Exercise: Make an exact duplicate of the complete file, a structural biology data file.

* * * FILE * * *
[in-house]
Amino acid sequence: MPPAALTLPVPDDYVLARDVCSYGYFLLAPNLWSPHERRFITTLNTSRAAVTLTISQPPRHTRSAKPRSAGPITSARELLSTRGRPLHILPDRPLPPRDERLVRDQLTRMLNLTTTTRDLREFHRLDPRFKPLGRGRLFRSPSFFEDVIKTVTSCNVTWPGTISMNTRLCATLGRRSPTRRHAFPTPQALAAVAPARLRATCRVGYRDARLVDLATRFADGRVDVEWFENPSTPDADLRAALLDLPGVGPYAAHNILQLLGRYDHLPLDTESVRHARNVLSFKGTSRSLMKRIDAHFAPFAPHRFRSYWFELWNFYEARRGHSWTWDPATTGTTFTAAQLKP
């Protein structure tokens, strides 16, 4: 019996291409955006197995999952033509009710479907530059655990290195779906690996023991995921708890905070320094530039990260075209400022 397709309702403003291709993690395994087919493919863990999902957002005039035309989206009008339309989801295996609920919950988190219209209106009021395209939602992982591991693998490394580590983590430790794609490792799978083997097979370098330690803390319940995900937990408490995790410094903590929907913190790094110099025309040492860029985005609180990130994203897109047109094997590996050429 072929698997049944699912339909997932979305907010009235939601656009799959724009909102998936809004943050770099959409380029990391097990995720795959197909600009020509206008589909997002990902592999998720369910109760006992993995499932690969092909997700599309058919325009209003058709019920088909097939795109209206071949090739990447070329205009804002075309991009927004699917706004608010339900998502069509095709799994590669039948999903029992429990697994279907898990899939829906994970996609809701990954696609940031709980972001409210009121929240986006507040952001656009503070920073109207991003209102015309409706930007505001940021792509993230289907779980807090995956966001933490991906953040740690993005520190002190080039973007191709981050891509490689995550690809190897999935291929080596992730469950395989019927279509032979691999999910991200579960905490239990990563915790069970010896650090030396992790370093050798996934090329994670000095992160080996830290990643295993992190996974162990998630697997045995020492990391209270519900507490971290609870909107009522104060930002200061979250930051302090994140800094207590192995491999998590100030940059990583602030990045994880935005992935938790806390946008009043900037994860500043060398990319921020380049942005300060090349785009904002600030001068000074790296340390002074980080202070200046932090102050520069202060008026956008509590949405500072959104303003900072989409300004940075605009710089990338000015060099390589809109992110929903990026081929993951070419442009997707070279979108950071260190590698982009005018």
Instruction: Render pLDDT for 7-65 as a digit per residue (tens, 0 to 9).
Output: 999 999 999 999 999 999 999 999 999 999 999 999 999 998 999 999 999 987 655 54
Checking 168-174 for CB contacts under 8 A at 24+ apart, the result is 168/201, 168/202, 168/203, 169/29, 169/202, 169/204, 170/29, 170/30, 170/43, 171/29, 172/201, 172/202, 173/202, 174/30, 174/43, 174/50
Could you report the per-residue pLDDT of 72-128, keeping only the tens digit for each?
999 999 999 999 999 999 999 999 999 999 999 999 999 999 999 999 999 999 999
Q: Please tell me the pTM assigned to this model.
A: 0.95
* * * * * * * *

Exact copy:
[in-house]
Amino acid sequence: MPPAALTLPVPDDYVLARDVCSYGYFLLAPNLWSPHERRFITTLNTSRAAVTLTISQPPRHTRSAKPRSAGPITSARELLSTRGRPLHILPDRPLPPRDERLVRDQLTRMLNLTTTTRDLREFHRLDPRFKPLGRGRLFRSPSFFEDVIKTVTSCNVTWPGTISMNTRLCATLGRRSPTRRHAFPTPQALAAVAPARLRATCRVGYRDARLVDLATRFADGRVDVEWFENPSTPDADLRAALLDLPGVGPYAAHNILQLLGRYDHLPLDTESVRHARNVLSFKGTSRSLMKRIDAHFAPFAPHRFRSYWFELWNFYEARRGHSWTWDPATTGTTFTAAQLKP
């Protein structure tokens, strides 16, 4: 019996291409955006197995999952033509009710479907530059655990290195779906690996023991995921708890905070320094530039990260075209400022 397709309702403003291709993690395994087919493919863990999902957002005039035309989206009008339309989801295996609920919950988190219209209106009021395209939602992982591991693998490394580590983590430790794609490792799978083997097979370098330690803390319940995900937990408490995790410094903590929907913190790094110099025309040492860029985005609180990130994203897109047109094997590996050429 072929698997049944699912339909997932979305907010009235939601656009799959724009909102998936809004943050770099959409380029990391097990995720795959197909600009020509206008589909997002990902592999998720369910109760006992993995499932690969092909997700599309058919325009209003058709019920088909097939795109209206071949090739990447070329205009804002075309991009927004699917706004608010339900998502069509095709799994590669039948999903029992429990697994279907898990899939829906994970996609809701990954696609940031709980972001409210009121929240986006507040952001656009503070920073109207991003209102015309409706930007505001940021792509993230289907779980807090995956966001933490991906953040740690993005520190002190080039973007191709981050891509490689995550690809190897999935291929080596992730469950395989019927279509032979691999999910991200579960905490239990990563915790069970010896650090030396992790370093050798996934090329994670000095992160080996830290990643295993992190996974162990998630697997045995020492990391209270519900507490971290609870909107009522104060930002200061979250930051302090994140800094207590192995491999998590100030940059990583602030990045994880935005992935938790806390946008009043900037994860500043060398990319921020380049942005300060090349785009904002600030001068000074790296340390002074980080202070200046932090102050520069202060008026956008509590949405500072959104303003900072989409300004940075605009710089990338000015060099390589809109992110929903990026081929993951070419442009997707070279979108950071260190590698982009005018």
Instruction: Render pLDDT for 7-65 as a digit per residue (tens, 0 to 9).
Output: 999 999 999 999 999 999 999 999 999 999 999 999 999 998 999 999 999 987 655 54
Checking 168-174 for CB contacts under 8 A at 24+ apart, the result is 168/201, 168/202, 168/203, 169/29, 169/202, 169/204, 170/29, 170/30, 170/43, 171/29, 172/201, 172/202, 173/202, 174/30, 174/43, 174/50
Could you report the per-residue pLDDT of 72-128, keeping only the tens digit for each?
999 999 999 999 999 999 999 999 999 999 999 999 999 999 999 999 999 999 999
Q: Please tell me the pTM assigned to this model.
A: 0.95